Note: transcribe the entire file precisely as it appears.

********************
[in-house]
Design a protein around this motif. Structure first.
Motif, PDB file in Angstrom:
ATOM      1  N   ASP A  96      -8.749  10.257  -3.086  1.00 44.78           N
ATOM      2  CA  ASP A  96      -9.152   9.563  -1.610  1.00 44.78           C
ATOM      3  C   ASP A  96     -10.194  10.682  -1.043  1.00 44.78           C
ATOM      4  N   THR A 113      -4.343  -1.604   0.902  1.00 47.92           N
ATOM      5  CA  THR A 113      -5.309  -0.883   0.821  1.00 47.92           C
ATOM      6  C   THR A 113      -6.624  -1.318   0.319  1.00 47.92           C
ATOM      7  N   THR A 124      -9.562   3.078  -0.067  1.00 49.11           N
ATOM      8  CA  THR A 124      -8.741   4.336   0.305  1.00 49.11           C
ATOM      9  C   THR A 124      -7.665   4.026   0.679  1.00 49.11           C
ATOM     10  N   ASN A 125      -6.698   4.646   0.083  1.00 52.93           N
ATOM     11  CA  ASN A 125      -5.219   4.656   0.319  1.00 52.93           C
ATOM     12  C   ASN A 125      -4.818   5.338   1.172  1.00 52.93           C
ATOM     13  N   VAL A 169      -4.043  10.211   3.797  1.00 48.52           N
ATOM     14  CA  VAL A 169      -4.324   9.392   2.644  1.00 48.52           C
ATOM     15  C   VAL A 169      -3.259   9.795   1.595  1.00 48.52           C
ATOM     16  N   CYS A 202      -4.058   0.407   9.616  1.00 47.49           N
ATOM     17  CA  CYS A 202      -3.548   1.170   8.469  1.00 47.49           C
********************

[in-house]
Design a protein around this motif. Structure first.
Motif, PDB file in Angstrom:
ATOM      1  N   ASP A  96      -8.749  10.257  -3.086  1.00 44.78           N
ATOM      2  CA  ASP A  96      -9.152   9.563  -1.610  1.00 44.78           C
ATOM      3  C   ASP A  96     -10.194  10.682  -1.043  1.00 44.78           C
ATOM      4  N   THR A 113      -4.343  -1.604   0.902  1.00 47.92           N
ATOM      5  CA  THR A 113      -5.309  -0.883   0.821  1.00 47.92           C
ATOM      6  C   THR A 113      -6.624  -1.318   0.319  1.00 47.92           C
ATOM      7  N   THR A 124      -9.562   3.078  -0.067  1.00 49.11           N
ATOM      8  CA  THR A 124      -8.741   4.336   0.305  1.00 49.11           C
ATOM      9  C   THR A 124      -7.665   4.026   0.679  1.00 49.11           C
ATOM     10  N   ASN A 125      -6.698   4.646   0.083  1.00 52.93           N
ATOM     11  CA  ASN A 125      -5.219   4.656   0.319  1.00 52.93           C
ATOM     12  C   ASN A 125      -4.818   5.338   1.172  1.00 52.93           C
ATOM     13  N   VAL A 169      -4.043  10.211   3.797  1.00 48.52           N
ATOM     14  CA  VAL A 169      -4.324   9.392   2.644  1.00 48.52           C
ATOM     15  C   VAL A 169      -3.259   9.795   1.595  1.00 48.52           C
ATOM     16  N   CYS A 202      -4.058   0.407   9.616  1.00 47.49           N
ATOM     17  CA  CYS A 202      -3.548   1.170   8.469  1.00 47.49           C